The Budget has been a good effort, although it has not fully lived up to the expectations that it had generated. The format of the Budget Speech was refreshingly different and the tone was positive. However, there is a lurking doubt whether the overall ambience of “All’s well” and “Things were never better” was somewhat misplaced.
The Budget is oriented towards growth through focus on Infrastructure, in both tangible areas like logistics infrastructure and Social areas like Health care, with a large number of schemes and the planned expenditure. However, administration of the various measures announced is crucial to achieve the stated objectives of poverty elimination & rural development.
Impact on FMCG Industry
There are many positives for the FMCG Industry. Consumer demand may be spurred by the increased expenditure on infrastructure and Health Care with special focus on Senior Citizens. Rural/Small scale credit cost reduction would also help create new demand. The reduction in surcharge rate will result in a small increase in the disposable income although the increase in the tax rate for the High-Income group is a regressive step.
The big negative, however, is the levy of excise on branded edible refined oils. This will not only push up costs, but also increase the imbalance between the branded and the unbranded sectors. This is clearly a retrograde step. The cost structure of the industry will get further skewed – already it is suffering from the Government’s lack of will to mandate packaging in Edible Oils, despite an order, issued in 1998 as a result of the dropsy disaster. The industry already contributes over Rs. 5000 crore to the Import Duty kitty and does not deserve an additional levy, also because Oil is an item of daily & necessary consumption.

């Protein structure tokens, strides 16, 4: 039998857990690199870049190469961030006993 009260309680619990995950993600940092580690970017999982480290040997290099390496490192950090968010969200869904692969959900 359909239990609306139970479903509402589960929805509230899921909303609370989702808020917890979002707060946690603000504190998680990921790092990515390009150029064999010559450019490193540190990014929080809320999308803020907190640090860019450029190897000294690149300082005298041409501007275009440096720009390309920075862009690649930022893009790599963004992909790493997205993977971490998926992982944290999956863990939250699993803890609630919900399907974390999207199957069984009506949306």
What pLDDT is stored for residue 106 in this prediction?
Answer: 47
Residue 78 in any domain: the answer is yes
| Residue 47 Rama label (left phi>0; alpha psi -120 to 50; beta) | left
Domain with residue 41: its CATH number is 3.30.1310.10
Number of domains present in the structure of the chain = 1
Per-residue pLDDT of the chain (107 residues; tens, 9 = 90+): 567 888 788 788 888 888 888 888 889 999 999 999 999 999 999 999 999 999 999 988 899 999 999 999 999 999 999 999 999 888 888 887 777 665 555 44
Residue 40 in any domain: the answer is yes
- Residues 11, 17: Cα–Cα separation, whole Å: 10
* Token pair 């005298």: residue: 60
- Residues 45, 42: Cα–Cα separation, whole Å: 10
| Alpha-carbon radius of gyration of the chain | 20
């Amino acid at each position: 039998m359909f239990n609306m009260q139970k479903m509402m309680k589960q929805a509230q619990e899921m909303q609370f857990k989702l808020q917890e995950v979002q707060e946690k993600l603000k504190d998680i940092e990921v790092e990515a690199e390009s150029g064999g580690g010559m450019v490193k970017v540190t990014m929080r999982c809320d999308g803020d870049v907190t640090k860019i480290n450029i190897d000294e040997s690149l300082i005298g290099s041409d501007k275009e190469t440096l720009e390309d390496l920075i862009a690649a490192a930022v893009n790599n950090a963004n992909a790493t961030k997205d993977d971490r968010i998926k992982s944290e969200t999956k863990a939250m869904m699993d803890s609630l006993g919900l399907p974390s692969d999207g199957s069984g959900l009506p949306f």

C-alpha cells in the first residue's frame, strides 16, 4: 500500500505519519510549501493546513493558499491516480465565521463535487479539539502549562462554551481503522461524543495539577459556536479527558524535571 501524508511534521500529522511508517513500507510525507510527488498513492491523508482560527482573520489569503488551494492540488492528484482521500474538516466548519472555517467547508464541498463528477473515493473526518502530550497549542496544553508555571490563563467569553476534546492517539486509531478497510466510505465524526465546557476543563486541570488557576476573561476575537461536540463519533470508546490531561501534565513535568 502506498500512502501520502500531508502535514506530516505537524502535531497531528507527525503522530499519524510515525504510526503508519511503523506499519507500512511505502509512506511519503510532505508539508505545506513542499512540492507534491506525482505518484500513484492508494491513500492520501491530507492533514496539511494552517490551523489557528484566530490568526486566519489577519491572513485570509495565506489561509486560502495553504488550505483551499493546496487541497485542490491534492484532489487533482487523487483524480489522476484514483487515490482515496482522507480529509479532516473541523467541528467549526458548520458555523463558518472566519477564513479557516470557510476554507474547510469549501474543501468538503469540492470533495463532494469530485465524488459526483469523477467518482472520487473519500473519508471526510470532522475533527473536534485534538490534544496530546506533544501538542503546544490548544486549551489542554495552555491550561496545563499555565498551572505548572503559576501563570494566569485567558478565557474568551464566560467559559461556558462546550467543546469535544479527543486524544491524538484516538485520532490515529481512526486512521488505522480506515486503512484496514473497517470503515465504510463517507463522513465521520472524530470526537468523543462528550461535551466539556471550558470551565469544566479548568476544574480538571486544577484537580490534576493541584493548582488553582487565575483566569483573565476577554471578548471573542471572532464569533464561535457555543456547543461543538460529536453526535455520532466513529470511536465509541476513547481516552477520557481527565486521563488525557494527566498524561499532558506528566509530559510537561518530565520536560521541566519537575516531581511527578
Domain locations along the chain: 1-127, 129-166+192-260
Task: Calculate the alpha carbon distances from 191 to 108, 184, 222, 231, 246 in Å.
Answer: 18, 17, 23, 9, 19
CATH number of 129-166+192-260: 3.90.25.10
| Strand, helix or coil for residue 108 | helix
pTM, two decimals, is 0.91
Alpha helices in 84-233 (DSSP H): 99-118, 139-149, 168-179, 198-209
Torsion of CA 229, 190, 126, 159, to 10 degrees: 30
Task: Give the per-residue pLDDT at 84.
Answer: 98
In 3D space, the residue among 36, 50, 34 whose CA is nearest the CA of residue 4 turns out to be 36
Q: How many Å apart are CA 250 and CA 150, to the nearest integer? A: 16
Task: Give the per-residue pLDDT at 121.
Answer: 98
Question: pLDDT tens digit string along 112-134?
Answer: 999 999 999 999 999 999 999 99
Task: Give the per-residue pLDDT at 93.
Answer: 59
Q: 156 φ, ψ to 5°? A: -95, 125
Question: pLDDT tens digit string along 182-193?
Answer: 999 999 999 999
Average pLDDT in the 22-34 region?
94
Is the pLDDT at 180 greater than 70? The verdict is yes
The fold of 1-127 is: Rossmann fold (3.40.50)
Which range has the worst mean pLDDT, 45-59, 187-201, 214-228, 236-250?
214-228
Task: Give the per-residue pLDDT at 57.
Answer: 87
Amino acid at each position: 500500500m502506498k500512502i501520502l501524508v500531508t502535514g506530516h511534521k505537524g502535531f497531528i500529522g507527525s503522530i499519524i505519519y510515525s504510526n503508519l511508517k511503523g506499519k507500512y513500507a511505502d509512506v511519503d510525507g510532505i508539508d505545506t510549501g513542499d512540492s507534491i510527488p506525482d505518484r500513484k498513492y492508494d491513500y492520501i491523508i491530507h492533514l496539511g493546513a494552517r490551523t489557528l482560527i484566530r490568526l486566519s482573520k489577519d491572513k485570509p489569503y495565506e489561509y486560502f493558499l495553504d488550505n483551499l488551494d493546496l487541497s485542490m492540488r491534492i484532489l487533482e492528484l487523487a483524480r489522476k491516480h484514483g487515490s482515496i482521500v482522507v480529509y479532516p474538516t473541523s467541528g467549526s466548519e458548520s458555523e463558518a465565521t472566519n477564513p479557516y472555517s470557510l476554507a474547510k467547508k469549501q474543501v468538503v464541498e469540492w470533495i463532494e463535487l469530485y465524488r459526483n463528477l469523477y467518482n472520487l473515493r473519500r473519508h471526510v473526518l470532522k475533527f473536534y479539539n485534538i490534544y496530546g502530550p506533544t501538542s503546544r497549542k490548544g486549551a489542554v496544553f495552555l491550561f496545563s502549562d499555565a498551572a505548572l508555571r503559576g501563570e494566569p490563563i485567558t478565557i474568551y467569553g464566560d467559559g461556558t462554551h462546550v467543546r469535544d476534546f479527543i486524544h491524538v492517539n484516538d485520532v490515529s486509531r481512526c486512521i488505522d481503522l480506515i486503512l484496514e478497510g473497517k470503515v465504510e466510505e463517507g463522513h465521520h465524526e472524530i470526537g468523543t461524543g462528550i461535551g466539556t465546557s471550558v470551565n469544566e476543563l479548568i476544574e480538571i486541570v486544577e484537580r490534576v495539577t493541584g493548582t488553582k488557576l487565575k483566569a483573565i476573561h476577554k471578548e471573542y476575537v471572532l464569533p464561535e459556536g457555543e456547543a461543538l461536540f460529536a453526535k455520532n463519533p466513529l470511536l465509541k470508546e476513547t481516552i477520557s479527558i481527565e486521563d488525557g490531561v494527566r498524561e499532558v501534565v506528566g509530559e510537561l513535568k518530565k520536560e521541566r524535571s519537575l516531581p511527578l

The increase in service tax from 5% to 8% without input credit would create some cost-push. This may be off-set by the reduction in excise duty in several input areas as also by the decrease in peak customs duty.
The proposed VAT and CST measures are welcome steps, although the readiness of the fiscal machinery to administer these changes is somewhat suspect. The de-reservation of many items from the small-scale reserved list will help economies of scale and integrated operations.
The exemption of long-term capital gains tax is a progressive measure but its actual realization is quite some time away. Abolition of Dividend Tax in the hands of Shareholders is a welcome step. However, the rate of taxation of dividends in the hands of the distributing company is now higher at 12.5%. In the reducing tax rate regime, this appears incongruous. The expectation that corporate taxation rates will be reduced has not been fulfilled, nor has removal of MAT materialized. Reduction of surcharge on Income Tax is too small an incentive.
Impact on Marico
Details are still awaited, but the net impact on Marico is somewhat negative, largely because of the excise on branded refined edible oils- (Saffola and Sweekar). However, positive moves in taxation of dividends will benefit shareholders Marico (a high dividend Payout Company). The net impact on the Marico Shareholders is expected to be somewhat positive.